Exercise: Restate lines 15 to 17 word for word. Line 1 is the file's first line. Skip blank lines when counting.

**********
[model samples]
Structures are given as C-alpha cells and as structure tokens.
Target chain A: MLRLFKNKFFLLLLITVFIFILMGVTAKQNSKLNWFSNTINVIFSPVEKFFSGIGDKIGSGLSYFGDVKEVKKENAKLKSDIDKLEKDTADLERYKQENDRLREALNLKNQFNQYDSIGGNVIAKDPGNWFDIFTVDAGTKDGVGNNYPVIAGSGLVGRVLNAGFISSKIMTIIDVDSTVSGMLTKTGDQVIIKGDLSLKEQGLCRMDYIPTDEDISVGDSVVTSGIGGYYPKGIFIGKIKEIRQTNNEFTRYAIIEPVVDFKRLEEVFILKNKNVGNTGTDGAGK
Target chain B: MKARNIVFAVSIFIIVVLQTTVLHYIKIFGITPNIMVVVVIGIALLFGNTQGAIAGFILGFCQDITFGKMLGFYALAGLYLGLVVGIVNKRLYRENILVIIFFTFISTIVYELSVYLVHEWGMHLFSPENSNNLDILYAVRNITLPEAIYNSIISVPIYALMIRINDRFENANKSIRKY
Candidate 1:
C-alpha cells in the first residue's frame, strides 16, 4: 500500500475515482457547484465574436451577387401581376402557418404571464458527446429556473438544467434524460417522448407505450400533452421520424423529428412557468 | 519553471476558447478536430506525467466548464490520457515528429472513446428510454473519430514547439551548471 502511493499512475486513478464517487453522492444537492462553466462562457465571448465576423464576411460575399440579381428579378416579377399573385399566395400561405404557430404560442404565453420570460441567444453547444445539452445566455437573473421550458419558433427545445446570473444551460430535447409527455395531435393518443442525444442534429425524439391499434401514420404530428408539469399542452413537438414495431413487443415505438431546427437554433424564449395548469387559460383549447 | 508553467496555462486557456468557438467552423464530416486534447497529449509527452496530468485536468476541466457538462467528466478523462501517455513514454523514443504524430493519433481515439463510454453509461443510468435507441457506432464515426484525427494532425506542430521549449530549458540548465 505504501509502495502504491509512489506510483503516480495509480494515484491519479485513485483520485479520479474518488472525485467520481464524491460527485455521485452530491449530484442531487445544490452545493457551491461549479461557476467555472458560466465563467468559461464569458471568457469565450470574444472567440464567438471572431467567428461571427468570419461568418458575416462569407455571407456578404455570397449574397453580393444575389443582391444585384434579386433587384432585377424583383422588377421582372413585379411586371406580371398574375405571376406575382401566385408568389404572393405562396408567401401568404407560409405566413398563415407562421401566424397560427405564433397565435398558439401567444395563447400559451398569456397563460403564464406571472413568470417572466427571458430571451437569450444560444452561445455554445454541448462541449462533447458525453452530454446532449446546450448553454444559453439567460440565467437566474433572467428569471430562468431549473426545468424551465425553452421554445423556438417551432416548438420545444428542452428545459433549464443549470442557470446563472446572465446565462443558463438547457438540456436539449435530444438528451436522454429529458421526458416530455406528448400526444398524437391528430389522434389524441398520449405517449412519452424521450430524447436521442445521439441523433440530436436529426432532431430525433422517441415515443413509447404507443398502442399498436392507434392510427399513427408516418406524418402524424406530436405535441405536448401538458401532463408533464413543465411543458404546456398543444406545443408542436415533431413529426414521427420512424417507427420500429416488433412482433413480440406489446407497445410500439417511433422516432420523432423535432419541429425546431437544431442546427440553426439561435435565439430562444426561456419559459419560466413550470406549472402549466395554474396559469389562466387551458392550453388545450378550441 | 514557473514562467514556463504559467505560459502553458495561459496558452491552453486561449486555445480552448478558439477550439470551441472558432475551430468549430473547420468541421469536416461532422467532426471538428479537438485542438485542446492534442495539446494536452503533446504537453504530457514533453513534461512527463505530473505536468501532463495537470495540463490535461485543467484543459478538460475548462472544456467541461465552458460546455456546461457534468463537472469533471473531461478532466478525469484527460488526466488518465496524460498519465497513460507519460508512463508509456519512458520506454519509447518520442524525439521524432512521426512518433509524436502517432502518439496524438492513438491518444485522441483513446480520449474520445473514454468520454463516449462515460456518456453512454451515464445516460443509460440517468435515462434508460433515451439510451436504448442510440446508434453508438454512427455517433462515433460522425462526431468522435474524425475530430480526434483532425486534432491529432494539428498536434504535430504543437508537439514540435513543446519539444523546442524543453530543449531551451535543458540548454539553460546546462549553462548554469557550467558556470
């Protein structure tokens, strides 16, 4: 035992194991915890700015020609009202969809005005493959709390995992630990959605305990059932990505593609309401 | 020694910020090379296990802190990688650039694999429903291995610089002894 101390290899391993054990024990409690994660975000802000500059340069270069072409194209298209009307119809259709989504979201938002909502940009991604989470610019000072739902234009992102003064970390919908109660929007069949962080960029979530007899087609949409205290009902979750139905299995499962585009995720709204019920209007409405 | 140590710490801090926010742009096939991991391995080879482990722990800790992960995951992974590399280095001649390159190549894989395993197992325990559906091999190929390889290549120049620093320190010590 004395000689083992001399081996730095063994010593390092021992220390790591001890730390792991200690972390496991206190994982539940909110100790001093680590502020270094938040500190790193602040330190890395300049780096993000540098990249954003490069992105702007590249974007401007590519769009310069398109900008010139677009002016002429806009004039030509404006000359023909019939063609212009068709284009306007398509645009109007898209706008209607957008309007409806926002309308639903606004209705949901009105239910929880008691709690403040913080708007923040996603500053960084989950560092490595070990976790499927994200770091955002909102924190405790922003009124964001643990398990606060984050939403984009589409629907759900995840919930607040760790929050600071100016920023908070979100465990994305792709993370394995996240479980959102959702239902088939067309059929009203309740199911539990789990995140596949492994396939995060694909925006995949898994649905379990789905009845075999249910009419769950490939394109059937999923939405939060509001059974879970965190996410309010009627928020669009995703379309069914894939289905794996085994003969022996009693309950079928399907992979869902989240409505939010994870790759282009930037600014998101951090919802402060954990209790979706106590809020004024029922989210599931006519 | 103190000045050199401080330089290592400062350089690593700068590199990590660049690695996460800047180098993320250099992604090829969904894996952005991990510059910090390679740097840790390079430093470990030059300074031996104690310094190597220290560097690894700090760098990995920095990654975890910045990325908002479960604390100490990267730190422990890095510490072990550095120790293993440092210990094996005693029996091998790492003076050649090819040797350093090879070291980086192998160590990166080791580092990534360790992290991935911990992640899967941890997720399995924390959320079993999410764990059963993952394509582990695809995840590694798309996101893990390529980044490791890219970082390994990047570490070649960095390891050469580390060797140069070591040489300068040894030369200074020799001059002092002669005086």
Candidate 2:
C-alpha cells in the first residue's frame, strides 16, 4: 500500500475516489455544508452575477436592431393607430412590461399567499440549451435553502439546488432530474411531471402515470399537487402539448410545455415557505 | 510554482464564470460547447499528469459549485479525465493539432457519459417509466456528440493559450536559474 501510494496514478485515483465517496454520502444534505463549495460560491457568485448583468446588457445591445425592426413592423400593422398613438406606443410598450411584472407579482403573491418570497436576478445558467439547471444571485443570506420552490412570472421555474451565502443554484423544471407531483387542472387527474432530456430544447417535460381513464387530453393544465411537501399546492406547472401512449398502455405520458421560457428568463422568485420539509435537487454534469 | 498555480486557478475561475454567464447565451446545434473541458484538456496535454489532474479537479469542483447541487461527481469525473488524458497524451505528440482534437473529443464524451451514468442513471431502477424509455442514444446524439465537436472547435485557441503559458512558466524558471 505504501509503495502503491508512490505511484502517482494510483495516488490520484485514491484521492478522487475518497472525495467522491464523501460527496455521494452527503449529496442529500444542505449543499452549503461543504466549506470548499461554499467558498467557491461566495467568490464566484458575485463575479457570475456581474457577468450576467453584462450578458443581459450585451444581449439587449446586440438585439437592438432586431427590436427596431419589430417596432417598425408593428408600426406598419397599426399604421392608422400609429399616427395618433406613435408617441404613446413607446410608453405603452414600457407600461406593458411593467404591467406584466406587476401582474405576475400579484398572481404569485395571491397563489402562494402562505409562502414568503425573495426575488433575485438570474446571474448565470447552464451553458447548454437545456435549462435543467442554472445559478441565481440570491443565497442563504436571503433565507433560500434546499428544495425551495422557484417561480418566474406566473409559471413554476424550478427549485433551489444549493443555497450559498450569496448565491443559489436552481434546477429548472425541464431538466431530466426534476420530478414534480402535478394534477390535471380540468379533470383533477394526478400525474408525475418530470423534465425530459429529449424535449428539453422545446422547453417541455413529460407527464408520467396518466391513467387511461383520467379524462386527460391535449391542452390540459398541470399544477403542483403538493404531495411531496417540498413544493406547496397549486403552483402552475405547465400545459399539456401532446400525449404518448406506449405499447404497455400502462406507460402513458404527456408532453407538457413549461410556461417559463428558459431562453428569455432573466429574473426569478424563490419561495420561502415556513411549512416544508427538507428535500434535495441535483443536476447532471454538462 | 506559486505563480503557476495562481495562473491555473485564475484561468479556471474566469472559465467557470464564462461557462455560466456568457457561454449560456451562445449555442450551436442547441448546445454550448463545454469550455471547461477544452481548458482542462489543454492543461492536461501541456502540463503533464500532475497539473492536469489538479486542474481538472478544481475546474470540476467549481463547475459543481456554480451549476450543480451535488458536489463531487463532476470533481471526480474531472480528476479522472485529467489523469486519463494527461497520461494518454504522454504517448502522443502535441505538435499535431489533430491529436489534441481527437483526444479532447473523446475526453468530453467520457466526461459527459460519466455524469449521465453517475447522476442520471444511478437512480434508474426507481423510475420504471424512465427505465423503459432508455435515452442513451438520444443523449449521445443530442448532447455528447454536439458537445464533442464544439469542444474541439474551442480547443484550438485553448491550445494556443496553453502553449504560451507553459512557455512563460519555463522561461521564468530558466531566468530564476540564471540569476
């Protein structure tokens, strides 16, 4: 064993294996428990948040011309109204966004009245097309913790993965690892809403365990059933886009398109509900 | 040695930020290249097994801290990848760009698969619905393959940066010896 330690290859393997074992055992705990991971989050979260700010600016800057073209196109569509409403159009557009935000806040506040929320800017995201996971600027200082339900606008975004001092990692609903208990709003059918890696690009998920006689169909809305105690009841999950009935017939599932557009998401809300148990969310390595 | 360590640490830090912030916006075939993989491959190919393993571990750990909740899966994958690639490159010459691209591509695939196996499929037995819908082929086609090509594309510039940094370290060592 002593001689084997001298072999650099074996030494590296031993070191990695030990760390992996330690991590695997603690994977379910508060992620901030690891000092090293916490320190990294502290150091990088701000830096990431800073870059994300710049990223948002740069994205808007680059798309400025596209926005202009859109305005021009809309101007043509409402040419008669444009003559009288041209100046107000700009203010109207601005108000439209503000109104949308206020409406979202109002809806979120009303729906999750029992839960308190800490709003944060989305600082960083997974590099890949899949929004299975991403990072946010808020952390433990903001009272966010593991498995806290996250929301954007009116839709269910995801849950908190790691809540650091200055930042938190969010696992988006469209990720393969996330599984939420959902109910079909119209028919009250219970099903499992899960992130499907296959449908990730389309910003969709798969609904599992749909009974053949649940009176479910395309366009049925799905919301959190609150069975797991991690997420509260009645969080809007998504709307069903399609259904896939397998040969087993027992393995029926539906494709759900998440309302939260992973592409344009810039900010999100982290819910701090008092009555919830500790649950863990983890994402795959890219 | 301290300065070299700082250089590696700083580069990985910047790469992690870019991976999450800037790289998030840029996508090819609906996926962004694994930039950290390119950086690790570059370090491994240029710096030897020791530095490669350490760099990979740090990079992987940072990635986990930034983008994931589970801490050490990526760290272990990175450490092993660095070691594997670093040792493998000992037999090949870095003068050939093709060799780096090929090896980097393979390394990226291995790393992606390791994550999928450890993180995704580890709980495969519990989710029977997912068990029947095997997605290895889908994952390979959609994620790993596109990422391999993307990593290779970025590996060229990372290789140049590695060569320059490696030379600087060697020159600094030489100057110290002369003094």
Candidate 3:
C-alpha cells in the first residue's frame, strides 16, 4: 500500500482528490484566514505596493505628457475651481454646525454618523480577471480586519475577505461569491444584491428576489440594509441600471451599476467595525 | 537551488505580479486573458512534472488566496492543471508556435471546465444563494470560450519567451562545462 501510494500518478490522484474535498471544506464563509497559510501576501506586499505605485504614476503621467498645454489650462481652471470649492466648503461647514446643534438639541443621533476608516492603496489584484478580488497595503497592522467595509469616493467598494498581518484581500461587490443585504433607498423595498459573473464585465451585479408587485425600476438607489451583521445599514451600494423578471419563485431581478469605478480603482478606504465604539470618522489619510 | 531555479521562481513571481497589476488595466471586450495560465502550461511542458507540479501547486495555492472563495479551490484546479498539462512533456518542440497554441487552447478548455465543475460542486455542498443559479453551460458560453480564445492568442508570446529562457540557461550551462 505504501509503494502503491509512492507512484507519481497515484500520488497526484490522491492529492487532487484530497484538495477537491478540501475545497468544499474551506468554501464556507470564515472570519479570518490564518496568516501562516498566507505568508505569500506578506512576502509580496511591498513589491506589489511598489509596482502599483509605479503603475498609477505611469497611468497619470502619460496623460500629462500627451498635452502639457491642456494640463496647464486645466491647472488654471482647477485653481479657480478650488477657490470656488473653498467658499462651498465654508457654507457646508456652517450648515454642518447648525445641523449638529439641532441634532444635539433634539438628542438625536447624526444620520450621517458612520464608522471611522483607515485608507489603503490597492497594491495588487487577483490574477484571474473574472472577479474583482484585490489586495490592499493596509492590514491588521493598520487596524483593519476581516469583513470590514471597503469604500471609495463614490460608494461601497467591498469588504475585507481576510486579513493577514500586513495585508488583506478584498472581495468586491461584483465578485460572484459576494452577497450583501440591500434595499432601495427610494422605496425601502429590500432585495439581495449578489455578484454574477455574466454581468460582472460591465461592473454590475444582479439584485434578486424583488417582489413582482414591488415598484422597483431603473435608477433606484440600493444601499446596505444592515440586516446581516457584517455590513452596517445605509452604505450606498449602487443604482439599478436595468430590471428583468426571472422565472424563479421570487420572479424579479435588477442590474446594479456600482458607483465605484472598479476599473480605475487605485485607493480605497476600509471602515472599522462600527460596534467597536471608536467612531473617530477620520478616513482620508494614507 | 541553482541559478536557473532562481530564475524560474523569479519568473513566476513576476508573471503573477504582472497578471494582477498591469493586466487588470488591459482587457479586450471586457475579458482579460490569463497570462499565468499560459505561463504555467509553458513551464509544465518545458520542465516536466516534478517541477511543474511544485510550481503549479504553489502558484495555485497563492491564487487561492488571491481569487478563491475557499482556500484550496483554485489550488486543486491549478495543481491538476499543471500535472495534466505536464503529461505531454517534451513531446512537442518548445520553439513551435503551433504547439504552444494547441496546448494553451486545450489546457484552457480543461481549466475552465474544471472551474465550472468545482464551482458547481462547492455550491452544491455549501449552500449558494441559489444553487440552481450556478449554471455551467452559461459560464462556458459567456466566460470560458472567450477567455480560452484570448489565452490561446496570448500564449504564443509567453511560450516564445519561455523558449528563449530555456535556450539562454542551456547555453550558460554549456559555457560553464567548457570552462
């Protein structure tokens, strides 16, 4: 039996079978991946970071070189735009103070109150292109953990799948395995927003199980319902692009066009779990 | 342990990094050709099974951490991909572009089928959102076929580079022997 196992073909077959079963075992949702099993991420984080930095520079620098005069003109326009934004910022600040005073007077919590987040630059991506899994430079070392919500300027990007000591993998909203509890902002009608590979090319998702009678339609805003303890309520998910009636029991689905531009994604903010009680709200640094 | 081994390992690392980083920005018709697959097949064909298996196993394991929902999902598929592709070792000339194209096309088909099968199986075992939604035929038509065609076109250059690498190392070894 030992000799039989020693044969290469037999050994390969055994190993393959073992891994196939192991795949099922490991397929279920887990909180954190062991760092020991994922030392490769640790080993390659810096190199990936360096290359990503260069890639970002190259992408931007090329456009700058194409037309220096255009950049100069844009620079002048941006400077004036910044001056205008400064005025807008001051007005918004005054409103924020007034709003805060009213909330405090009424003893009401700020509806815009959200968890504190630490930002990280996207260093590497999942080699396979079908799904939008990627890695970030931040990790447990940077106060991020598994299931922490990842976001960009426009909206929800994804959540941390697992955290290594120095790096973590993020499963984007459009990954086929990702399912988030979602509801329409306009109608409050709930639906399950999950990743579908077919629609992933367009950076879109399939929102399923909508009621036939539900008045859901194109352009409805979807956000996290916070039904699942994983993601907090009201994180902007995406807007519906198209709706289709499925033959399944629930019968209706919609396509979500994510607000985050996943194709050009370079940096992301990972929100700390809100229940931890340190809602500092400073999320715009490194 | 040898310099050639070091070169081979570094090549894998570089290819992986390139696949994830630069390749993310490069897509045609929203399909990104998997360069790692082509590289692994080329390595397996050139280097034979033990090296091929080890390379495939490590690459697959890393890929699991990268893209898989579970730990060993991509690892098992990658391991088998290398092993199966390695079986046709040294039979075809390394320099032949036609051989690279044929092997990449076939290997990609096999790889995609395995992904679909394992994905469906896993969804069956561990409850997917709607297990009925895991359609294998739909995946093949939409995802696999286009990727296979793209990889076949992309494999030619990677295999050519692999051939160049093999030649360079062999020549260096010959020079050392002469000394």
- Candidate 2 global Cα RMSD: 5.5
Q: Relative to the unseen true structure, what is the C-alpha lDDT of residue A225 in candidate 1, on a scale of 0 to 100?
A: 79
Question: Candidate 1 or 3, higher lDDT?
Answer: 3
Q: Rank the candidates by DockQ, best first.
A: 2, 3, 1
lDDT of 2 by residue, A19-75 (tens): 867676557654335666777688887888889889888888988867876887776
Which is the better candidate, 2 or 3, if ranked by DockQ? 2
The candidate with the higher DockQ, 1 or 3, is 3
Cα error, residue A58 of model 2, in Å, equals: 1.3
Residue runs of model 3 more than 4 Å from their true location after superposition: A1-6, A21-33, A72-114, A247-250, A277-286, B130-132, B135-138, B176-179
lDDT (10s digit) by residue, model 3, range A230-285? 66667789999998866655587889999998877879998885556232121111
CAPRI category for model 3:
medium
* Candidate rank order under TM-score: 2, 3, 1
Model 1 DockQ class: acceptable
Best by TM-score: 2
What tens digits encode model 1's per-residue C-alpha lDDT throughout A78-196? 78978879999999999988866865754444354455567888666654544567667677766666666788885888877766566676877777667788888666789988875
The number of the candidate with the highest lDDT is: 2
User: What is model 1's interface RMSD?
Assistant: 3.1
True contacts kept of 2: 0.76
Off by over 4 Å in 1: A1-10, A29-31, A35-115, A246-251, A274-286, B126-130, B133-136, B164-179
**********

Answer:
Q: Relative to the unseen true structure, what is the C-alpha lDDT of residue A225 in candidate 1, on a scale of 0 to 100?
A: 79
Question: Candidate 1 or 3, higher lDDT?